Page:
No one nowadays understands the Bible. So said sources close to David Davis after he appeared to brand Guy Verhofstadt as the devil.

Davis is Secretary of State for Brexit, while Verhofstadt, a former Belgian Prime Minister and now an MEP, will act for the European Parliament in the same negotiation, so it sounded as if their talks might get off on the wrong foot, or the wrong cloven hoof.

But what Davis actually said, in response to a question about Verhofstadt’s views from Crispin Blunt, chairman of the Foreign Affairs Select Committee, was “Get thee behind me Satan”.

The rebuke (taken indeed from the Gospels) was evidently to Blunt, for trying to tempt Davis into an indiscretion. It was not a description of Verhofstadt.

Yet if one looks at the end of the Hansard transcript, one finds Blunt wishing to make sure this is the case, for he asks: “Is that me or Mr Verhofstadt?”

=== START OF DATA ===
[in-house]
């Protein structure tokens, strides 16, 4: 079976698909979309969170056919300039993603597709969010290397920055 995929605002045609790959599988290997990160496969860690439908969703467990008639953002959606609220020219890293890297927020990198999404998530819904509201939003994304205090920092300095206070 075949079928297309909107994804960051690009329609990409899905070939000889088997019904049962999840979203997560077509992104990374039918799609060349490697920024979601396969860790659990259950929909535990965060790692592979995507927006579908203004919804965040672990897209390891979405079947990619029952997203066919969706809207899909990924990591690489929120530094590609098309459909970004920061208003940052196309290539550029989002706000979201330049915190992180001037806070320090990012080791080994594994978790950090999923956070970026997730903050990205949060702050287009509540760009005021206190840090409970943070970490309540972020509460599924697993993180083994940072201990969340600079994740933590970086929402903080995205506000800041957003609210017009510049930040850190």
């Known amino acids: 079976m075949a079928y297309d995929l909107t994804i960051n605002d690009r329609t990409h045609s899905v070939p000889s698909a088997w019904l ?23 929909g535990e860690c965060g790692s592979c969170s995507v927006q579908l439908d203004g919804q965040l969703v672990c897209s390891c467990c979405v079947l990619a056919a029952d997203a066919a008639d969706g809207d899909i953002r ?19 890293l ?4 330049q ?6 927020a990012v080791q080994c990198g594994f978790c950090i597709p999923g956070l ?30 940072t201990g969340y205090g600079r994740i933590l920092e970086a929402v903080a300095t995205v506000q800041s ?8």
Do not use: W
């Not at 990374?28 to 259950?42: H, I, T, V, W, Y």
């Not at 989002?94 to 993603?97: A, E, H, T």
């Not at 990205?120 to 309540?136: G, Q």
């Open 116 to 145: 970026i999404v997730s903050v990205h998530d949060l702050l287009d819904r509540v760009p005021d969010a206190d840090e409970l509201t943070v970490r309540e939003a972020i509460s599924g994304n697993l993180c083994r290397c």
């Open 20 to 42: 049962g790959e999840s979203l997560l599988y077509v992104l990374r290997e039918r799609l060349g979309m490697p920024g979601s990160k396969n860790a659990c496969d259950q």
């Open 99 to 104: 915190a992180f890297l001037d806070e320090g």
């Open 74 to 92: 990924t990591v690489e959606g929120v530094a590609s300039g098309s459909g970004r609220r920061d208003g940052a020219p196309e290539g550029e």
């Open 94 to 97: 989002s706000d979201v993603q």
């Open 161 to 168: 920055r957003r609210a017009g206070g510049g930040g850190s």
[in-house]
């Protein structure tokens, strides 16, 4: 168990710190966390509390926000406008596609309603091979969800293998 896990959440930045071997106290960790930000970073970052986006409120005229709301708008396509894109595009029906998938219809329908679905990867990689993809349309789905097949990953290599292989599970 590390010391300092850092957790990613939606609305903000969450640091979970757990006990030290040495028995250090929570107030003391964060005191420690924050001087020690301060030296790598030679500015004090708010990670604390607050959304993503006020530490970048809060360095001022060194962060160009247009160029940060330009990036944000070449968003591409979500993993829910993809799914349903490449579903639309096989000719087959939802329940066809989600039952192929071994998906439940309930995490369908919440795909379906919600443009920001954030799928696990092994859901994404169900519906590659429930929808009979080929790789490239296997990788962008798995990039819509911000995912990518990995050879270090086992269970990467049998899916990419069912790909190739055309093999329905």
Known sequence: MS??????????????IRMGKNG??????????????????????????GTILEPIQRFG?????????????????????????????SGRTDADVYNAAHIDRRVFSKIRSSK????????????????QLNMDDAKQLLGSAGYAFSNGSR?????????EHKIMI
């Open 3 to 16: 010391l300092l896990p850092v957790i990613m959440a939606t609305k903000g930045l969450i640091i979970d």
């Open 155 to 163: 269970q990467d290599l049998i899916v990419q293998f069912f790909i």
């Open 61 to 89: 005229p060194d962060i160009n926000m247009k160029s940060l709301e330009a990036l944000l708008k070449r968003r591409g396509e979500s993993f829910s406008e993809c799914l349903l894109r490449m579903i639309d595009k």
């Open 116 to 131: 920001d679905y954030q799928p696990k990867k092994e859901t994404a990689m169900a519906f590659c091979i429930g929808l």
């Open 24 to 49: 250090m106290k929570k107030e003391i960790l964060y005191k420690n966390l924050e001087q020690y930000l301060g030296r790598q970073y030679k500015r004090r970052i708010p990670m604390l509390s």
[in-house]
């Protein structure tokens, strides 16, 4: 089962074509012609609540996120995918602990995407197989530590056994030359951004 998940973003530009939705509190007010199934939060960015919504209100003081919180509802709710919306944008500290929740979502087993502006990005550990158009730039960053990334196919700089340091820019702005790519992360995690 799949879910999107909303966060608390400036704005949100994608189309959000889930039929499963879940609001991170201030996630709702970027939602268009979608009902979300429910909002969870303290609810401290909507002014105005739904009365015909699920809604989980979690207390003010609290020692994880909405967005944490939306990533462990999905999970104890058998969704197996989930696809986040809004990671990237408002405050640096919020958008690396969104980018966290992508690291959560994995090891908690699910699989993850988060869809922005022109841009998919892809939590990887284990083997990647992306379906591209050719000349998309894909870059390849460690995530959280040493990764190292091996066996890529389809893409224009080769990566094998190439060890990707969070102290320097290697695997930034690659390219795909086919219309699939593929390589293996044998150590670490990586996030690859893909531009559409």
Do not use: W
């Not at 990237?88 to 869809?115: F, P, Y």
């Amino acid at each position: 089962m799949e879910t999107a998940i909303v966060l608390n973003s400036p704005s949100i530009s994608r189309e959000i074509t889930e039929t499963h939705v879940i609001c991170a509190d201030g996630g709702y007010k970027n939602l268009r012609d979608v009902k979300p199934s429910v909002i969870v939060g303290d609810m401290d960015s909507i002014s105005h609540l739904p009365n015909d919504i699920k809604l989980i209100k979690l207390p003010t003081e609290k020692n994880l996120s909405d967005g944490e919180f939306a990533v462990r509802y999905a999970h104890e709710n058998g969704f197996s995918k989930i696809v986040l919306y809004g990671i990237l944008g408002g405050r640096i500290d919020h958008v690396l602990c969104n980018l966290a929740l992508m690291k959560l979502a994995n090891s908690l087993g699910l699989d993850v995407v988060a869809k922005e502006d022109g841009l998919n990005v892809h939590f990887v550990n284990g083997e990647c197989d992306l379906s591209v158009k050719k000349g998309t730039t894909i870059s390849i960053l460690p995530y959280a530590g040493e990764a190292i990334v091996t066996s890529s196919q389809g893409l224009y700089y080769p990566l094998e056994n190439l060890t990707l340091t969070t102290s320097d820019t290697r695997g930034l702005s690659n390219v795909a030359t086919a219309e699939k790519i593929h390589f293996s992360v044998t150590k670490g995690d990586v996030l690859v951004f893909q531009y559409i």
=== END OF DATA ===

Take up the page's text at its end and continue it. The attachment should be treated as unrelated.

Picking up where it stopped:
Davis, who is in an ebullient mood, replies: “I will allow you to draw your own conclusion, Chairman.”

For the sake of an amusing reply, the Brexit Secretary had cast doubt on something which should have been perfectly clear.

The joke (if that is the word) sprang from the fact that Verhofstadt is by no means popular among British Eurosceptics. In his running commentary on the aftermath of this summer’s referendum, often delivered via Twitter, Verhofstadt said “Cameron, Johnson and Farage behave like rats fleeing a sinking ship”.

He also asserted, “The more Boris Johnson talks, the more the UK economy crashes.” And he shares the conviction among many Remainers that “The Leave campaign was full of lies”.

Verhofstadt yearns to take a great leap forward to a federal Europe, and vehemently opposes granting a favourable deal to Britain: